On International Women’s Day it is important to celebrate and acknowledge the progress made towards equality and the achievements of women in sport. It is perhaps even more important, though, to look at how much more still needs to be done.
After a phenomenal European Championship last year with a cumulative audience of 365 million live viewers and England lifting a first major trophy, you could be forgiven for believing the roadmap to success and growth was clear. The Lionesses are one of the most heavily invested-in teams in the world, with a support structure to rival men’s teams. As a result, success on the pitch, sponsorship deals and sell-out crowds have become the norm. It is not a given that investment leads to success but it gives players and teams the greatest possible opportunity to perform to their best abilities.
Yet, just four months from what is almost certain to be the biggest Women’s World Cup in history, the tournament is at risk of becoming seriously undermined by the fissure between the demands of elite players and their federations.
After Spain booked their World Cup place, 15 members of the squad wrote to the federation, the RFEF, making themselves unavailable for selection and alleging that the “situation” within the team was affecting their “emotional state” and “health”. The players insisted they had not called for the resignation of the coach, Jorge Vilda, but said they were unhappy with his methods and group management.
The RFEF came down firmly against the player revolt, with none of the 15 having played for the team since and Vilda picking youth and uncapped players to fill his squads. The likelihood of 15 of the best players from one of the top nations missing the World Cup is high.
Vilda and his family have a long association with the federation. He and his father, Ángel Vilda, a fitness coach under Johan Cruyff at Barcelona, were appointed alongside Pedro López and two other members of staff to work on the women’s set-up 15 years ago.
The situation is not dissimilar in France, where a long-term breakdown in the relationship between the manager, Corine Diacre, and her players has reached crunch point, with the captain Wendie Renard, then the forwards Marie-Antoinette Katoto and Kadidiatou Diani, announcing they would not play at the World Cup to preserve their mental health.
The resignation of the president of the French football federation, Noël Le Graët, after an investigation into allegations of sexual misconduct which he denies, is likely to lead to a resolution. Le Graët was a supporter of Diacre and after his exit the FFF board selected a four-person working group to decide Diacre’s future by the next board meeting on Thursday.
Meanwhile, the fact that the Olympic gold medal-winning Canada team had to threaten to strike to force Canada Soccer’s hand on fairer funding and support for the team speaks to the crisis in federations around the world. Canada Soccer suggested it would take legal action if the players refused to play, before it reached an interim funding agreement.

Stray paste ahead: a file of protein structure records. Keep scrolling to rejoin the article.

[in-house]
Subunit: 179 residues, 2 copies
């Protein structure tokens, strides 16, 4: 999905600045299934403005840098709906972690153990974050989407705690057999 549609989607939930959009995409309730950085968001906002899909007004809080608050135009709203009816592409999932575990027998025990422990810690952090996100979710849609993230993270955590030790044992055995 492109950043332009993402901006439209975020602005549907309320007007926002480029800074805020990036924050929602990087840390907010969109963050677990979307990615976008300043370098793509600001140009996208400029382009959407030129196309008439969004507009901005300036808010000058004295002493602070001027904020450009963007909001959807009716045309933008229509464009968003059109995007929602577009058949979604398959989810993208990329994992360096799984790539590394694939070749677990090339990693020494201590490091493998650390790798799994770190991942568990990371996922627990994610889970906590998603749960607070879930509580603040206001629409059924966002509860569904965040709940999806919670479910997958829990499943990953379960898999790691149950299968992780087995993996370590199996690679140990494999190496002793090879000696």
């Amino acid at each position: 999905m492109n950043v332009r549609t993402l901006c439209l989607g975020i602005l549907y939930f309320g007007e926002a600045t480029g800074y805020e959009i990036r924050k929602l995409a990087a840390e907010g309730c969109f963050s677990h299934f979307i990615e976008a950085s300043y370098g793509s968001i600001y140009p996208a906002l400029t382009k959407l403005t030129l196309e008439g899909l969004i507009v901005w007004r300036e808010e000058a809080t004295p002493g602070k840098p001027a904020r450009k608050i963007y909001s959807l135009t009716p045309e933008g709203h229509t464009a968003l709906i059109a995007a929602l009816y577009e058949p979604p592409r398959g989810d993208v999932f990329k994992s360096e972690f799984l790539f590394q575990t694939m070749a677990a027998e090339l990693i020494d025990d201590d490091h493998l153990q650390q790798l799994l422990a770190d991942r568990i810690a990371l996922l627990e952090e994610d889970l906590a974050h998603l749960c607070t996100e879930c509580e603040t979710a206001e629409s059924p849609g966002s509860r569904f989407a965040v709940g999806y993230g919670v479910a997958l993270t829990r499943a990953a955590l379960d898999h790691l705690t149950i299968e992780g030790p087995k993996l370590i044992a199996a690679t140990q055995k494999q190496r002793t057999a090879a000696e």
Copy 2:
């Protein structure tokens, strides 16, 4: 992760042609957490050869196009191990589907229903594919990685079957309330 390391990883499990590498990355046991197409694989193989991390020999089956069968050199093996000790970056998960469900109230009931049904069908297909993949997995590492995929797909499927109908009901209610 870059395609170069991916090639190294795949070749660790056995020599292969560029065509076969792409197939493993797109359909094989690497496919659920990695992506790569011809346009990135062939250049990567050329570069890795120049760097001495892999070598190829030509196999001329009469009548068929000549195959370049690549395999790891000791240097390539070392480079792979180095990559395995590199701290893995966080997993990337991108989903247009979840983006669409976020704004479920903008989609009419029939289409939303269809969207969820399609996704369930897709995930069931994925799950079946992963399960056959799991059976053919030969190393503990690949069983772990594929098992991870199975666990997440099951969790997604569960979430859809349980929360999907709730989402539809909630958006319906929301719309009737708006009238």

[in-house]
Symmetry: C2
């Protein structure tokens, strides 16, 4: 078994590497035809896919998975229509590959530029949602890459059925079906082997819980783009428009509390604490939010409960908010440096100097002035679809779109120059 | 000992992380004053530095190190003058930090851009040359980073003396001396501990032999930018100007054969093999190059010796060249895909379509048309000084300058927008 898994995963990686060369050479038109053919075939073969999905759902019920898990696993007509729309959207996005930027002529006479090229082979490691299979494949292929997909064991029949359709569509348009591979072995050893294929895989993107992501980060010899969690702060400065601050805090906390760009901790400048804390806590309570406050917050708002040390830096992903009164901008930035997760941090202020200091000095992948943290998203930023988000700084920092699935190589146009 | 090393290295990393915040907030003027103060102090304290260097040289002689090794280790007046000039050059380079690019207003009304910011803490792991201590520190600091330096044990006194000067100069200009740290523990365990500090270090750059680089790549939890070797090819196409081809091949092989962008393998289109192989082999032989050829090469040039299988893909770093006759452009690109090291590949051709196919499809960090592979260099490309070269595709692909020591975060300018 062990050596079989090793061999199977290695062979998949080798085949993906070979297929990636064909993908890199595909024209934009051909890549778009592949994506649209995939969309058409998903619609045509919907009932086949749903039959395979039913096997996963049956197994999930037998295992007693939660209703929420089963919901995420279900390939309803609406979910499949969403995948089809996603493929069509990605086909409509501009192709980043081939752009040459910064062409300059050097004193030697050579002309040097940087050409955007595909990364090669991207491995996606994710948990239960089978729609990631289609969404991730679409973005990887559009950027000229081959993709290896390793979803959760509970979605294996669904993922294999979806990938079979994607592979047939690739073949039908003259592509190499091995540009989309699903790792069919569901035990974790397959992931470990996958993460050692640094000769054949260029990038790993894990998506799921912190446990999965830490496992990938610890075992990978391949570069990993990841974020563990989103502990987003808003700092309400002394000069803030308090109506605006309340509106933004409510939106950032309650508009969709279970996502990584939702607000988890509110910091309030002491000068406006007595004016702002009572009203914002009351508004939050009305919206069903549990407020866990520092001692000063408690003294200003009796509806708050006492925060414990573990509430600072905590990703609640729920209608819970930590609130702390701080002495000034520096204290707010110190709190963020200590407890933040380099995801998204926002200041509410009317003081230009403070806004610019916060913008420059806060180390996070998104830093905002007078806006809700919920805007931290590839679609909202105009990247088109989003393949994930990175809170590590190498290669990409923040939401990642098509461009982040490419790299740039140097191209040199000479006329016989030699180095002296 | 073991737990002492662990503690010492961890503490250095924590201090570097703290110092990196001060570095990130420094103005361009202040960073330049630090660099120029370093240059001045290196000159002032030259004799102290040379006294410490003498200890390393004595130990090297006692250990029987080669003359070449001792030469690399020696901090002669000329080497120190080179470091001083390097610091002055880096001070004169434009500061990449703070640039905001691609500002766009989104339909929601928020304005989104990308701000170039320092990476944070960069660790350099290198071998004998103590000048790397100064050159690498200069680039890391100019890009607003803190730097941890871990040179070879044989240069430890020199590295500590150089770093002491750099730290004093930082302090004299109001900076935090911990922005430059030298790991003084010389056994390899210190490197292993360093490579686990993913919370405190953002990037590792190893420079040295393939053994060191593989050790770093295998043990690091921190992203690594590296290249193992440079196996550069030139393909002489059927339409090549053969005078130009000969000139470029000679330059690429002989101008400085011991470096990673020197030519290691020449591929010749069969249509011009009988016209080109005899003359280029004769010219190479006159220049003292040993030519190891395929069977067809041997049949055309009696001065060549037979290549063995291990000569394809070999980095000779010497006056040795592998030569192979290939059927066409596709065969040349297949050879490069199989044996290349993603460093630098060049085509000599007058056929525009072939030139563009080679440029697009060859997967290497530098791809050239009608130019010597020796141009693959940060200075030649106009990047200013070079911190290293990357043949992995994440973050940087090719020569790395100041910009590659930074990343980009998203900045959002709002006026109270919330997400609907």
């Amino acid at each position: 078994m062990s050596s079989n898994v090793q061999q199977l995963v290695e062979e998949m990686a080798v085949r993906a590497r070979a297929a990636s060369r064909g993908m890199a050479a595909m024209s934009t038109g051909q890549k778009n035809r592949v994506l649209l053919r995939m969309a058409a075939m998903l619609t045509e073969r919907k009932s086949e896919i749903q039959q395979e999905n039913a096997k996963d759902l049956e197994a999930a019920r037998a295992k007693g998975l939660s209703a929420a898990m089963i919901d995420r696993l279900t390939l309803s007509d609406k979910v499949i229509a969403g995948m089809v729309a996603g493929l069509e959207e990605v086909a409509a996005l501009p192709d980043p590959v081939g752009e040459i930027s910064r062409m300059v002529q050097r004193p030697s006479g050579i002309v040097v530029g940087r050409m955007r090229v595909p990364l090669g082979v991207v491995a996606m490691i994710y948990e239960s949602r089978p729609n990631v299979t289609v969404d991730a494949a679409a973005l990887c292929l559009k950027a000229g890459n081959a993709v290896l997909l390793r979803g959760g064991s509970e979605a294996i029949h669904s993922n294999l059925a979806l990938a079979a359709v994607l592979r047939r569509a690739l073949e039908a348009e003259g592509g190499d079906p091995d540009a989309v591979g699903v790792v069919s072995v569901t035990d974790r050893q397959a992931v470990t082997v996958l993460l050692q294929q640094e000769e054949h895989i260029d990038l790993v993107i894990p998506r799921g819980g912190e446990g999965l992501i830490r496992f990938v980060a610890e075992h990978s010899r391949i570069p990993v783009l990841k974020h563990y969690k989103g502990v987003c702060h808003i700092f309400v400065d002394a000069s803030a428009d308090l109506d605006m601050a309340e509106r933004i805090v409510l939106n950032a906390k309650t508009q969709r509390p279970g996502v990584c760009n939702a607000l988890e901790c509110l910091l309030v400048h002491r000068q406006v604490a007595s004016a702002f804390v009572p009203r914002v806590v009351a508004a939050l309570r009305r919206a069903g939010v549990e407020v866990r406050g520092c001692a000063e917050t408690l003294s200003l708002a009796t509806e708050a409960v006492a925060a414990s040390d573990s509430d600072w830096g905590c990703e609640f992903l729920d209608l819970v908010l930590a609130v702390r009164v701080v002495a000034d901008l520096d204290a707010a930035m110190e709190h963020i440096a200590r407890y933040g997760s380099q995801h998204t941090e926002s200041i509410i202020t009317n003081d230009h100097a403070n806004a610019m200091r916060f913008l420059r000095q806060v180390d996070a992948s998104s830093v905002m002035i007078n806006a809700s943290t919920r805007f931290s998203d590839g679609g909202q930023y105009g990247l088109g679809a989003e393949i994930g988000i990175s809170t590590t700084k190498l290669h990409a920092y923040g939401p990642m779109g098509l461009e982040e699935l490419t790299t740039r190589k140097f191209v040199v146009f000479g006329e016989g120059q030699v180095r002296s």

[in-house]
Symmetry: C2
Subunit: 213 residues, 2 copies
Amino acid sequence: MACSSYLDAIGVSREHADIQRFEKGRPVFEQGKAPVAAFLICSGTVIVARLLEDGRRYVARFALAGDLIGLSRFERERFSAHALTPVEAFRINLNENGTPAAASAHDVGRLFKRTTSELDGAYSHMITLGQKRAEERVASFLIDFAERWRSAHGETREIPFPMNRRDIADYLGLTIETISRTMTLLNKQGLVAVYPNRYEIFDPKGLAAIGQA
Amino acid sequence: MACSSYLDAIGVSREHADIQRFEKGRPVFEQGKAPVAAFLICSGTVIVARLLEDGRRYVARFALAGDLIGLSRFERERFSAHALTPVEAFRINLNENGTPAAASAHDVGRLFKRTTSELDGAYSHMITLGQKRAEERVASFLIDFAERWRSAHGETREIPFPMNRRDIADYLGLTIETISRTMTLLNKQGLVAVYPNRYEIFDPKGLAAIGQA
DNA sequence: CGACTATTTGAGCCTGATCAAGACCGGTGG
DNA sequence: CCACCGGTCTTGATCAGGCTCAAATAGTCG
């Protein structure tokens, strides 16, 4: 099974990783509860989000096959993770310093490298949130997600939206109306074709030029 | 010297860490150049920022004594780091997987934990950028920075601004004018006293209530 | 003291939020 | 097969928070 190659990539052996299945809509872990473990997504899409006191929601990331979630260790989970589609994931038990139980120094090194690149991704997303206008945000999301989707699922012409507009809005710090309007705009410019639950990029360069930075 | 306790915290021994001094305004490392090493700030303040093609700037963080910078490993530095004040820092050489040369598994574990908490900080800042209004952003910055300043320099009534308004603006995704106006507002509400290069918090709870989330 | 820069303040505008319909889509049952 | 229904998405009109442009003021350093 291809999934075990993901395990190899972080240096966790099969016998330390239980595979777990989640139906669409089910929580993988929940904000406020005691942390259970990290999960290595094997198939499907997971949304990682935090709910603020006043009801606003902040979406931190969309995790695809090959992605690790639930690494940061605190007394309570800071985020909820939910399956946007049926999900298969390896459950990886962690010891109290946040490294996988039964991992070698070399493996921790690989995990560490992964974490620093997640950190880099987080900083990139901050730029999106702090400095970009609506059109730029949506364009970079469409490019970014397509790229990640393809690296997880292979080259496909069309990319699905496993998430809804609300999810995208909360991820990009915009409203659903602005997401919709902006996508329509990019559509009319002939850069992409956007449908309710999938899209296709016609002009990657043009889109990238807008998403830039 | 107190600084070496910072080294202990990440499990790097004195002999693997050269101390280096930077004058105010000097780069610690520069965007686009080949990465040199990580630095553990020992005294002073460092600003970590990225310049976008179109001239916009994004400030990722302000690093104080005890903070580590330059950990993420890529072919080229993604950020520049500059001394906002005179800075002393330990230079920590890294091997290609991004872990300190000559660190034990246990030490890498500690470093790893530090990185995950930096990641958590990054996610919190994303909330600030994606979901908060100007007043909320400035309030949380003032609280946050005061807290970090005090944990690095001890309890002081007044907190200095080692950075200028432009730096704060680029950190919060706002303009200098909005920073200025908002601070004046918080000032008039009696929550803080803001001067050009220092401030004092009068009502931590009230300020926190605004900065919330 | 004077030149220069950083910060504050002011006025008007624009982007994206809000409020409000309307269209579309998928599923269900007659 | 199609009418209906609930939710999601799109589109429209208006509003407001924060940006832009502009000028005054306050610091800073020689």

If players at three of the world’s top 10 nations (France are fifth, Canada sixth and Spain seventh) believe they are not being treated fairly and professionally by their federations, what hope do teams further down the list have?
And at what point does it fall on Fifa and the confederations to step in and demand better for female players? As it stands, three players in the Fifpro World XI may not be at the World Cup because of these disputes.
Already, the tournament has been hit by a different but not unrelated crisis, with anterior cruciate ligament injuries within the past year to Beth Mead, Vivianne Miedema, Katoto, Alexia Putellas and Catarina Macario meaning that some of the world’s best players will not be competing in Australia and New Zealand. With female players significantly more likely to have an ACL injury than their male counterparts, the demands for investment into proper research into the prevalence of the injury are strong.
Federations – internationally, regionally and domestically – have been slow to wake to the opportunities for growth within women’s football and even slower to recognise that investing in access to the sport for half the world’s population is the right thing to do.
The slower they are to do that, the bigger the impact on that growth. If the best players miss out on the World Cup through an injury for which risks can be reduced with proper investment and research, or because of disputes over funding and respect, then the interest and legitimacy of the tournament will start to be affected.